What steps did Witte take to try to keep industrial growth from stalling and keep worker unrest at bay?

1. To keep the momentum of industrial growth, Witte wanted to reform agriculture to increase productivity - Petitioned the Csar for peasant reform in 1898 to abolish collective responsibility and facilitate resettlement of farmers on new lands. Many of his ideas were later taken up by Stolypin.
2. Witte also enacted a law limiting working hours in enterprises in 1897
3. Reformed commercial and industrial taxes in 1898 to encourage reinvestment of capital
What was the reason for the Russio Japanese War of 1904-05?
The desire of Russia for economic gain in the east through the acquisition of an all-weather port, Port Arthur so it could ship/import goods year around
What was the economic effect of the Russio Japanese War?
Huge financial loss to the country and investors. Loss of the Russian fleet that cost so much to build.
What was the goal of Stolypin's agricultural reforms from 1906 to 1911?
To prevent further revolutions by creating a peasant class loyal to the tsarist regime. There were so many peasants that if he could improve their lot and get them on the side of the Tsar, revolution was unlikely.

What were Stolypin's agricultural reforms?

Laid the foundations for an independent Russian peasantry
9 November 1906 law - peasants freed from control of the commune (no longer needed permission of the majority of members)
15 November - Peasant Land Bank instructed to give loans to peasants who wanted to leave the commune
New Years Day 1907 - Redemption payments abolished
June 1910 - Communes dissolved where no land redistribution had taken place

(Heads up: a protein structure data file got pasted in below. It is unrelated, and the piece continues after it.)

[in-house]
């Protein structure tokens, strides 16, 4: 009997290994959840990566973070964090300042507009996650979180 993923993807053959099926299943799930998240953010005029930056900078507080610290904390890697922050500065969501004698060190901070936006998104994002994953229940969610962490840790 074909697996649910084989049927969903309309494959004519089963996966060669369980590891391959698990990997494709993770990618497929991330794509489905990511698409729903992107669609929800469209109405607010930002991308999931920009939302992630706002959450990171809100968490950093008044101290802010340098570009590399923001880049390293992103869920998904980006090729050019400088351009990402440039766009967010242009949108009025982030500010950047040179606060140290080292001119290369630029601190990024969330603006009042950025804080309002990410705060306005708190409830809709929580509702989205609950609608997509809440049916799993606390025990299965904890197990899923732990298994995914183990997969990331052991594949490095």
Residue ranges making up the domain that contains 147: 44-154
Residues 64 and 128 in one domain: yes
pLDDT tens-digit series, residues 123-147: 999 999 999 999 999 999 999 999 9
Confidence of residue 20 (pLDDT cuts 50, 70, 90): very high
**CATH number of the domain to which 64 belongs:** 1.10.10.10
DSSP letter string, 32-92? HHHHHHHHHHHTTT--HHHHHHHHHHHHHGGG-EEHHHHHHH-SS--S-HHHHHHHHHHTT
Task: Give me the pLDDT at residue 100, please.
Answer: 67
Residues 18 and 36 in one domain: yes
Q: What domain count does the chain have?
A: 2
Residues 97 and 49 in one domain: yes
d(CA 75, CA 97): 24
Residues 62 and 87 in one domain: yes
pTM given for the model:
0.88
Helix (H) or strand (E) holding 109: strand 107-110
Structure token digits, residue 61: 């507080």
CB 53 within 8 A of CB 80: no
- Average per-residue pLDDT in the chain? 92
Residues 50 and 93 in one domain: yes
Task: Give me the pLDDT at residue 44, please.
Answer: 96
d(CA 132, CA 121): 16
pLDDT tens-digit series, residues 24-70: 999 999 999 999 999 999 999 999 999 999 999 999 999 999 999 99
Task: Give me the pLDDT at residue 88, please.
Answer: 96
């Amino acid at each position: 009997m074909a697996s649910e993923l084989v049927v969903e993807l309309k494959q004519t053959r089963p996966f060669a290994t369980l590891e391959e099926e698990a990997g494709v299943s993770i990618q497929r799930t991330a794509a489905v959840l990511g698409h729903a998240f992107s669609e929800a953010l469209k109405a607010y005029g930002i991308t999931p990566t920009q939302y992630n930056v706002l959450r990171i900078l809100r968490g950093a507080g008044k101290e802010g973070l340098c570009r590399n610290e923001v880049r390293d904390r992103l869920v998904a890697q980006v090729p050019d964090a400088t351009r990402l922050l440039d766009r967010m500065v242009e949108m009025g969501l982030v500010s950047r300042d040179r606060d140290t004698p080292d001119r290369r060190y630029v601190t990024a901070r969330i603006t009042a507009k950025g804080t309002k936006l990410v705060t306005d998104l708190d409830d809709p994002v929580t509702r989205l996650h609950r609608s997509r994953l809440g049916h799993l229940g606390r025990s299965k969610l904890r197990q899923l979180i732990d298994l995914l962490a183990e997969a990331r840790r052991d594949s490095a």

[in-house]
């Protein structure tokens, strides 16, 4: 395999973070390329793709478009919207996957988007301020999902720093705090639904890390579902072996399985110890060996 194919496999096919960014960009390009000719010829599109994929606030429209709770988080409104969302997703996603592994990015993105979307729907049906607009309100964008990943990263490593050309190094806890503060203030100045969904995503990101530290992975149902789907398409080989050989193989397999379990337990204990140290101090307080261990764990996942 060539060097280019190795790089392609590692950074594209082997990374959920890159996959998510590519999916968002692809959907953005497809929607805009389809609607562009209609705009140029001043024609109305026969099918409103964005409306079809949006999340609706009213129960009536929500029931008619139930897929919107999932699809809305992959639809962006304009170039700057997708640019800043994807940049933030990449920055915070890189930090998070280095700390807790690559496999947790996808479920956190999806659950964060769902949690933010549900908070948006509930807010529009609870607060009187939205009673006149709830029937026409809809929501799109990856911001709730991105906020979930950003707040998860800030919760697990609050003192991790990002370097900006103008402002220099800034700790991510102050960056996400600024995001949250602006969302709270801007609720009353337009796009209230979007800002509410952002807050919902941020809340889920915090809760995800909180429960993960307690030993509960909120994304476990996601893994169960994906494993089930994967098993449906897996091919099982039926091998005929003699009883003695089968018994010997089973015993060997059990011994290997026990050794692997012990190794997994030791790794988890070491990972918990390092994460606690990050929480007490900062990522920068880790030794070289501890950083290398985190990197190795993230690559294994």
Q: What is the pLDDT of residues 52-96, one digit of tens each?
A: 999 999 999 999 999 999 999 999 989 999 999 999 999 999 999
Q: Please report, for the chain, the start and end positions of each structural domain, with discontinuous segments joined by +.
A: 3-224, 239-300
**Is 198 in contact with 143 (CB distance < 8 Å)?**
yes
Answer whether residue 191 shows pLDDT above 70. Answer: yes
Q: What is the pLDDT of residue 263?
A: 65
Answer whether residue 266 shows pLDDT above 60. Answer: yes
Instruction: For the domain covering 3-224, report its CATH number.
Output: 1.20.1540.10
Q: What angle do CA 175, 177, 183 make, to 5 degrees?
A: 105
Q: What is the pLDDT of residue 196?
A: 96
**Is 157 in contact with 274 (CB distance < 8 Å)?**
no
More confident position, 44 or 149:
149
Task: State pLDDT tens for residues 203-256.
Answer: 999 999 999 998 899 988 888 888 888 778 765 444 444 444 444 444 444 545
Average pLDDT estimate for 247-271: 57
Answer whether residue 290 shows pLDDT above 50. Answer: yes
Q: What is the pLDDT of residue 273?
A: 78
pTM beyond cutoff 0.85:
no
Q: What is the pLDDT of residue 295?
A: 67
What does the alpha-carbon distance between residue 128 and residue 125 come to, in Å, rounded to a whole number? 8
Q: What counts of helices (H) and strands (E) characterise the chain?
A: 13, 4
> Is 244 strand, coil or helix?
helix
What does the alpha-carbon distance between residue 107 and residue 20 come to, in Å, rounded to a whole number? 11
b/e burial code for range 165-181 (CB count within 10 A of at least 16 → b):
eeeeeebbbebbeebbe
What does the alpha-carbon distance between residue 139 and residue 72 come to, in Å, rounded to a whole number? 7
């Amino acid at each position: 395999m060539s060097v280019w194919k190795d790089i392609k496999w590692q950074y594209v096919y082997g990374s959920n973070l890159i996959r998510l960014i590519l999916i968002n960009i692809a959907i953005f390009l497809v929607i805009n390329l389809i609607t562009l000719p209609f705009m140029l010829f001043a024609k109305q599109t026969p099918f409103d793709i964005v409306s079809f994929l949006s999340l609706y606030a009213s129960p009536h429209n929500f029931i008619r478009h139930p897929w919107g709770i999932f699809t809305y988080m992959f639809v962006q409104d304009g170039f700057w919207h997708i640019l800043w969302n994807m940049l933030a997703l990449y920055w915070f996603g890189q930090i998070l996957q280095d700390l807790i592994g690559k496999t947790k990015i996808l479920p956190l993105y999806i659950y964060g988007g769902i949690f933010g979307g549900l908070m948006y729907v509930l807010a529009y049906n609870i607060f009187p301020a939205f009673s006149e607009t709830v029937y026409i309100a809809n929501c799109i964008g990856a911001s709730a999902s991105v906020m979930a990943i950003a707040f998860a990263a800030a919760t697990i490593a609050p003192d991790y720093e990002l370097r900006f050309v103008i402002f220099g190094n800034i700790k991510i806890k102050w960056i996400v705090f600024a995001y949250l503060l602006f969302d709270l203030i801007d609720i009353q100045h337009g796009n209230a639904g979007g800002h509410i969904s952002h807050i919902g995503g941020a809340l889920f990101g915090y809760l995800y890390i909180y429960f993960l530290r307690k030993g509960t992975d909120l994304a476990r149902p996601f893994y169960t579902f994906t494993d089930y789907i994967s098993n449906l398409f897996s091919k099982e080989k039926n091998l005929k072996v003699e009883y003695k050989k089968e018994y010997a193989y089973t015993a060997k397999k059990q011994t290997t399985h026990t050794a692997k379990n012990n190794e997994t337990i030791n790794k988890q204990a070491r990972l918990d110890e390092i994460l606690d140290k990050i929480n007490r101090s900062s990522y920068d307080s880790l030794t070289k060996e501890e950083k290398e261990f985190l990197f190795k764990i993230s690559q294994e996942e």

Cheap land in agricultural Siberia with government loans.
What was the impact of Stolypin's agricultural reforms?

1. Increase in ownership of land from 20% of peasants in 1905 to 50% in 1914. Made peasants happy so they became less politically active.
2. Rise in agricultural production from 46 million tons in 1906 to 62 million tons in 1913.
3. Industrial growth started up again after stagnation from 1900 to 1906 as grain surplus brought money into the country and fed the growing urban population. By 1914 Russian growth rate was the highest in the world.
The pace of improvement in the lives of peasants was such that Lenin feared that if it continued the peasants would not support a revolution but would support the tsar instead.
To what extent was the Russian economy transformed by 1914?

1. Foundations in place supporting agricultural transformation. Still in early phase as 80% of population were still peasants who worked the land. Significant urbanisation had yet to occur.
2. Industrial transformation in full swing but limited to certain regions and capital goods (oil, coal, iron, steel) rather than including development of light industry such as machine tools